Playwright: Candido Tirado. At: Urban Theater Company, 2628 W. Division St. Tickets: 312-239-9783; www.urbantheaterchicago.org; $20 . Runs through: Oct. 22
There's these two brothers, you seea premise unlikely to excite anticipation in a season rife with Cain-and-Abel fables. The additional news that the brothers are Latino gang-bangers is hardly original, either, nor is their professed goal of escaping the mean streets while remaining loyal to their homeys. Consider, however, the negotiations of countries encumbered with long histories of mutual hostilitye.g., Ireland and Englandtheir progress obstructed by endless you-betrayed-us and you-owe-us accusations demanding resolution before peace can even be discussed.
Candido Tirado sets up his conflict at his play's very outset, as scrapper Apache awakens on a park bench after a beer binge, only to be greeted by pretty-boy Speedy slicked out in an Armani suit. Gradually, we learn that they aren't actual familythat Apache took the younger Speedy under his wing years earlier, sheltering him from the brutality of guerrilla warfare in the South Bronx. We also learn that Apache's mother, who opened her home to Speedy, has recently died from a self-inflicted gunshot wound, the circumstances of which haunt both men. Apache's plan now is to start his own courier service ("NEED A ERRANT RUN?" reads his hand-lettered placard), while Speedy has aligned himself with a rich and powerful godfather.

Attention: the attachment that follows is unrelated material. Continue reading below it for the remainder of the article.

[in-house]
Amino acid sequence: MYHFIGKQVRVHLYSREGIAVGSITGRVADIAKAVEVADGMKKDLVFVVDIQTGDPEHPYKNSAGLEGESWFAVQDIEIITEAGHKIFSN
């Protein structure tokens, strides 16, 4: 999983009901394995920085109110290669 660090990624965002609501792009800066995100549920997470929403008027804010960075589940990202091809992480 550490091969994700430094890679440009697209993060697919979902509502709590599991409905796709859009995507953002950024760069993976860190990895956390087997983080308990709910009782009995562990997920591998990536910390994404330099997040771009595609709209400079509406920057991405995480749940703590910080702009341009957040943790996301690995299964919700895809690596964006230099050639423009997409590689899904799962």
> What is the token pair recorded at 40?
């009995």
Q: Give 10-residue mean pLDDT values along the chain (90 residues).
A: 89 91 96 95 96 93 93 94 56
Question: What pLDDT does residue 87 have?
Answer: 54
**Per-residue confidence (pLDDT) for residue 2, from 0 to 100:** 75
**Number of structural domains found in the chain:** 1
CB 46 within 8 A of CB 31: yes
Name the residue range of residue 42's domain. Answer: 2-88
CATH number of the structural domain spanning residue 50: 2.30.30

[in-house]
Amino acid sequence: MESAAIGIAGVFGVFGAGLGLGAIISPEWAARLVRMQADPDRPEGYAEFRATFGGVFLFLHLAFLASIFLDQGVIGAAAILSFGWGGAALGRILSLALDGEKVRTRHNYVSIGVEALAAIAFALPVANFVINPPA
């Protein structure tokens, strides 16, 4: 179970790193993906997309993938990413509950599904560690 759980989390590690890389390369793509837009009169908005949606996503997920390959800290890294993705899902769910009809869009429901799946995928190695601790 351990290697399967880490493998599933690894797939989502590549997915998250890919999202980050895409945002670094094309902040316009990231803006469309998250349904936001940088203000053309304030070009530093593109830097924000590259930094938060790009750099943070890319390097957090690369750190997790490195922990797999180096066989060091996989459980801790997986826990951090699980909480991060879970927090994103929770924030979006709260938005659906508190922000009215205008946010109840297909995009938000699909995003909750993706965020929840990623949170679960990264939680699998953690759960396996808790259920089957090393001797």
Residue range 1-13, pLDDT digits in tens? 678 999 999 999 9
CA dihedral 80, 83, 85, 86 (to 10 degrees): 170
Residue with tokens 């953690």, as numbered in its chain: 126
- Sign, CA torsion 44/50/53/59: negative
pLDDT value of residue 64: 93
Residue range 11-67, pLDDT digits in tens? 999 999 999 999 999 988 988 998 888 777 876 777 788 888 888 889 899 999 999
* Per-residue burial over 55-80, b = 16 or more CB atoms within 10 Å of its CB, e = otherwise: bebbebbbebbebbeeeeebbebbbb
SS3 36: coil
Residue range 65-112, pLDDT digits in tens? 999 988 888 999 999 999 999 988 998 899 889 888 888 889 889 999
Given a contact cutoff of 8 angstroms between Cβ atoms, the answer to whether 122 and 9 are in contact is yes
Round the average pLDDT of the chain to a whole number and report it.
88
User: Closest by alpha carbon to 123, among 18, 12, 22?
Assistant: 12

Tirado is fond of restricted physical boundaries within public landscapes, in this case locating his entire action on a shabby pedestrian island. Ah, but to Apache and Speedy, this spartan concrete patch represents a fortress where, a few months after parting ways in an outburst of spite and vituperation, the former plies his trade and the latter seeks refuge from his employer's thugs. Apache has wearied of fighting, but as Speedy pleads for his surrogate sibling's aid, the former allies come to recognize the futility of their quarrels and together prepare to face their common enemy.
Urban Theater's minuscule storefront facilitates Tirado's microcosmic universe, augmented by the ambient sounds of city traffic outside on Division Street. Under Juan Castañeda's dexterous direction, Hank Hilbert and Ivan Vega hit the ground running and never allow the tension to cease for the entire two hours of what would be a much longer play on a larger stage (and a less violent one without John Moran's scorpions-in-a-snifter choreography for knives and guns).